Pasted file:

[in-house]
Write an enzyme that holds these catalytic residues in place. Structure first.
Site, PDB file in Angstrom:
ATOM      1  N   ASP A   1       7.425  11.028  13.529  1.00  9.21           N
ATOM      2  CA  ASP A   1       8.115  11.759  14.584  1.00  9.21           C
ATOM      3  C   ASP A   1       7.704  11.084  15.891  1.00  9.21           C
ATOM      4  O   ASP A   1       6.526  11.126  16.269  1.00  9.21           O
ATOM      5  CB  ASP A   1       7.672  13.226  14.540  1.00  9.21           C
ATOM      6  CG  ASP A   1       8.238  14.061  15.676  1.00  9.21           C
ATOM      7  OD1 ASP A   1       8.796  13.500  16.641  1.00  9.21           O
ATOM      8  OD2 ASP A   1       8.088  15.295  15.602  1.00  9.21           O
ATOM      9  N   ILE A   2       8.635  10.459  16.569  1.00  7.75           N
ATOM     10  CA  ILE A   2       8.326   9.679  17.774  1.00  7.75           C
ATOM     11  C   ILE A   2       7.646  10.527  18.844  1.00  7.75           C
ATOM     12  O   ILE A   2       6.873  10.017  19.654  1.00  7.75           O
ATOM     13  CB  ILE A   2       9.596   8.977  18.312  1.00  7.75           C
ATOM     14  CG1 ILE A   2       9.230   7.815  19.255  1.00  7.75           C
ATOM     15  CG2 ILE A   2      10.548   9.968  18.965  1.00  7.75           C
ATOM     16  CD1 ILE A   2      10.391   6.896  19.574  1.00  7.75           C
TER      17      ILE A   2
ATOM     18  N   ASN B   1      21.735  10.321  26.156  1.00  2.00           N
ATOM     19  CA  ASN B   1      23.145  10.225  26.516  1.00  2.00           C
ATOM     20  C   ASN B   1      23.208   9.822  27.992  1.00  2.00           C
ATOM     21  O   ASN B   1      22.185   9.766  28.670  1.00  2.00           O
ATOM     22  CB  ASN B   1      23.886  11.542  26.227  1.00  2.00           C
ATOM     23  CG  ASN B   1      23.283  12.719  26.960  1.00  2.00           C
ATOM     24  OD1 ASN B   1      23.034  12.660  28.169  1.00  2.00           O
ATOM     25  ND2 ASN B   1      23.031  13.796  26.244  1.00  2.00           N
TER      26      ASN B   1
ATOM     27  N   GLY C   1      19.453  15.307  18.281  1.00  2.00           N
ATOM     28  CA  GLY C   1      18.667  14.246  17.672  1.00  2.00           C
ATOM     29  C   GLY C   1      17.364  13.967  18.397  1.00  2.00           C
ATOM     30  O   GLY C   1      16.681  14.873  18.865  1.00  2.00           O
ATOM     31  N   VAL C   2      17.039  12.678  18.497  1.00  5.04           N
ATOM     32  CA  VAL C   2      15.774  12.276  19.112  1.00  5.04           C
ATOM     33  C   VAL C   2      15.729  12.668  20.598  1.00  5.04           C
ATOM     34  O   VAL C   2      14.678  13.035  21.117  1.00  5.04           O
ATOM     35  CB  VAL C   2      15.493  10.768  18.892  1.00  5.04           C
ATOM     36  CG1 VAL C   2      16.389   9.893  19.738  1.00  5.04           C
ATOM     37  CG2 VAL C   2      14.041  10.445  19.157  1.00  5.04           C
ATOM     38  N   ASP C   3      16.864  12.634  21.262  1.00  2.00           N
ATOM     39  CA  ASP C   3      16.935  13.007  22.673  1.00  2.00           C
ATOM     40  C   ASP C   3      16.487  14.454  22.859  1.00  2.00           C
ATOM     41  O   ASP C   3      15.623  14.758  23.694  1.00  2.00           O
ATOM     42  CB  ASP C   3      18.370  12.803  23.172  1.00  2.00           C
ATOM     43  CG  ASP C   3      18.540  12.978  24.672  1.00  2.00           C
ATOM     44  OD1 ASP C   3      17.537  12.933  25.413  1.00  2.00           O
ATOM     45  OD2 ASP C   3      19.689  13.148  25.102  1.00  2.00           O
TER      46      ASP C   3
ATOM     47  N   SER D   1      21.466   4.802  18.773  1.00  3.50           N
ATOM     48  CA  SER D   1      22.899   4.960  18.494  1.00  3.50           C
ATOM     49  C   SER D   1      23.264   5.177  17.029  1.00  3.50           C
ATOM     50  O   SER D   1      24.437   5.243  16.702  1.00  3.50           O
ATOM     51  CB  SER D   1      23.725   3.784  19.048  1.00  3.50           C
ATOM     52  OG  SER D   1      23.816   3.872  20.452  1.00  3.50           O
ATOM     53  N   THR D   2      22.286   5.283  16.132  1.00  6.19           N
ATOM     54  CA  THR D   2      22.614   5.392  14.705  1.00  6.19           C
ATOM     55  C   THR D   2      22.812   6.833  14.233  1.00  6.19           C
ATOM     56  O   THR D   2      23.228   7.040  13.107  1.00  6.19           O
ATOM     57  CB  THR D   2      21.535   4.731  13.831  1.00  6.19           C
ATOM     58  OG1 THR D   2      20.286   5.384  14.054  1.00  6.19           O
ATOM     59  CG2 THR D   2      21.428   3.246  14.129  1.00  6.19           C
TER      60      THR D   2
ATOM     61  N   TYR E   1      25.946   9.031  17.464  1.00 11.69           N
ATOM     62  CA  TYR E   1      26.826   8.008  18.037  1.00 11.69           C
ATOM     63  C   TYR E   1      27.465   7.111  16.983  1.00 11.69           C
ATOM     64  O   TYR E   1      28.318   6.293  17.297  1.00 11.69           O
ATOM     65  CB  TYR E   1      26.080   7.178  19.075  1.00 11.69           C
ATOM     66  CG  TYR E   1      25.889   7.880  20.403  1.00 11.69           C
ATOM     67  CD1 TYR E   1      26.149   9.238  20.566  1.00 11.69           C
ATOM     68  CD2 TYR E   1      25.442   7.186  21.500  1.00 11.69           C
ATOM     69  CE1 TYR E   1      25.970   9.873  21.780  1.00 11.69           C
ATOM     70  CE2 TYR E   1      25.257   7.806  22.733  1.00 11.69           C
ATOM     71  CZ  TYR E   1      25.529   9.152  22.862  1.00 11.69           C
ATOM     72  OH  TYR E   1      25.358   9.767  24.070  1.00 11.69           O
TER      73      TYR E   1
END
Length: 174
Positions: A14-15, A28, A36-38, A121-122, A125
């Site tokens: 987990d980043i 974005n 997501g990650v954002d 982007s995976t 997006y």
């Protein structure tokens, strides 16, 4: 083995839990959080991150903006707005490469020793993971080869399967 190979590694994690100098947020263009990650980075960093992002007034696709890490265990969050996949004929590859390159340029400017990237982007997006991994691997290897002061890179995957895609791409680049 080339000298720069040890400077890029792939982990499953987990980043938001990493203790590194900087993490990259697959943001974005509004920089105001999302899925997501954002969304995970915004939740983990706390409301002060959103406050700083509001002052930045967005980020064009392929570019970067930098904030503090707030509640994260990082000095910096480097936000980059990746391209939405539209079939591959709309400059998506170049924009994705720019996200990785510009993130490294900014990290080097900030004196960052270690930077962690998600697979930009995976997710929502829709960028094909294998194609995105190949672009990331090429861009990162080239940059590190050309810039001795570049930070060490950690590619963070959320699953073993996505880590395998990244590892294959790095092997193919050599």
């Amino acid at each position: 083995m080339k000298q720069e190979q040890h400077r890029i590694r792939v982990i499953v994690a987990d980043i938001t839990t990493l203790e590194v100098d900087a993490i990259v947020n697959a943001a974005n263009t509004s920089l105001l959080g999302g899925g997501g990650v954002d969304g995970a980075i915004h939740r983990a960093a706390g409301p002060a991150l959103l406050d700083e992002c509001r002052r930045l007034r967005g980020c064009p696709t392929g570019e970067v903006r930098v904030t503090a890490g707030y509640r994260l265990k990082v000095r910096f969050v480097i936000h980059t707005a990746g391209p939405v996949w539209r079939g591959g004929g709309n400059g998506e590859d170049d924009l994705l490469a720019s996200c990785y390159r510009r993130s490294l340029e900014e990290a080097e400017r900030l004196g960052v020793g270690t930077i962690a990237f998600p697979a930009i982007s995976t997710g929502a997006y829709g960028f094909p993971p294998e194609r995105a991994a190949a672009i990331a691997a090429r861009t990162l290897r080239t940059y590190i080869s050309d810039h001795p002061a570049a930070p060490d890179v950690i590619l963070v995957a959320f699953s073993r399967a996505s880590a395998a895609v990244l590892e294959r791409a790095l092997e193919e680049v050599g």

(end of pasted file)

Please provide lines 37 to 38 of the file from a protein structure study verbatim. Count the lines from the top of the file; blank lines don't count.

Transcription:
ATOM     34  O   VAL C   2      14.678  13.035  21.117  1.00  5.04           O
ATOM     35  CB  VAL C   2      15.493  10.768  18.892  1.00  5.04           C